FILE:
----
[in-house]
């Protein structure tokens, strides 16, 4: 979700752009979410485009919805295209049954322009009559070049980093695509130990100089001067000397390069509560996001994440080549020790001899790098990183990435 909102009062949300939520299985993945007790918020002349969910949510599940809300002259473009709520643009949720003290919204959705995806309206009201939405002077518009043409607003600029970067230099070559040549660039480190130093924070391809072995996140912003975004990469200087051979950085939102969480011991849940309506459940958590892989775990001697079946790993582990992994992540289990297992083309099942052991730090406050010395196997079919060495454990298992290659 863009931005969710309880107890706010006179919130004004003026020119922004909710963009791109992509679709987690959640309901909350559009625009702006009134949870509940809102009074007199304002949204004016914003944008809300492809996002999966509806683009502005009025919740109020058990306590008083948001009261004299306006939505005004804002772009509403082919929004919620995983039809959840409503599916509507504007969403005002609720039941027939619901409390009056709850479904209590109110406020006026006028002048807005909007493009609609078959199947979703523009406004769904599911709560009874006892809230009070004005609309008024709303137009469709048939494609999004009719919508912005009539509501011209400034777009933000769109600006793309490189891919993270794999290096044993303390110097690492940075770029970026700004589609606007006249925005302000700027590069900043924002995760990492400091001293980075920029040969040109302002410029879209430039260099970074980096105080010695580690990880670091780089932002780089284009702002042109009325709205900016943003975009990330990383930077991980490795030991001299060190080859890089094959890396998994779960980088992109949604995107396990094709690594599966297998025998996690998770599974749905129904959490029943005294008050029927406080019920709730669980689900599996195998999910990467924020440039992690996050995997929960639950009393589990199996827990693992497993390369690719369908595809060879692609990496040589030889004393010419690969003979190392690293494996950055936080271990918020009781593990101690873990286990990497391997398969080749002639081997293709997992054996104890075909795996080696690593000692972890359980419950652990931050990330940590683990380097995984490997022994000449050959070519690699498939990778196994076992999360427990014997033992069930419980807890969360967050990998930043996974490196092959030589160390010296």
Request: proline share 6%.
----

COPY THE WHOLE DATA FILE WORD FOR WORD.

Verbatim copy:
[in-house]
């Protein structure tokens, strides 16, 4: 979700752009979410485009919805295209049954322009009559070049980093695509130990100089001067000397390069509560996001994440080549020790001899790098990183990435 909102009062949300939520299985993945007790918020002349969910949510599940809300002259473009709520643009949720003290919204959705995806309206009201939405002077518009043409607003600029970067230099070559040549660039480190130093924070391809072995996140912003975004990469200087051979950085939102969480011991849940309506459940958590892989775990001697079946790993582990992994992540289990297992083309099942052991730090406050010395196997079919060495454990298992290659 863009931005969710309880107890706010006179919130004004003026020119922004909710963009791109992509679709987690959640309901909350559009625009702006009134949870509940809102009074007199304002949204004016914003944008809300492809996002999966509806683009502005009025919740109020058990306590008083948001009261004299306006939505005004804002772009509403082919929004919620995983039809959840409503599916509507504007969403005002609720039941027939619901409390009056709850479904209590109110406020006026006028002048807005909007493009609609078959199947979703523009406004769904599911709560009874006892809230009070004005609309008024709303137009469709048939494609999004009719919508912005009539509501011209400034777009933000769109600006793309490189891919993270794999290096044993303390110097690492940075770029970026700004589609606007006249925005302000700027590069900043924002995760990492400091001293980075920029040969040109302002410029879209430039260099970074980096105080010695580690990880670091780089932002780089284009702002042109009325709205900016943003975009990330990383930077991980490795030991001299060190080859890089094959890396998994779960980088992109949604995107396990094709690594599966297998025998996690998770599974749905129904959490029943005294008050029927406080019920709730669980689900599996195998999910990467924020440039992690996050995997929960639950009393589990199996827990693992497993390369690719369908595809060879692609990496040589030889004393010419690969003979190392690293494996950055936080271990918020009781593990101690873990286990990497391997398969080749002639081997293709997992054996104890075909795996080696690593000692972890359980419950652990931050990330940590683990380097995984490997022994000449050959070519690699498939990778196994076992999360427990014997033992069930419980807890969360967050990998930043996974490196092959030589160390010296």
Request: proline share 6%.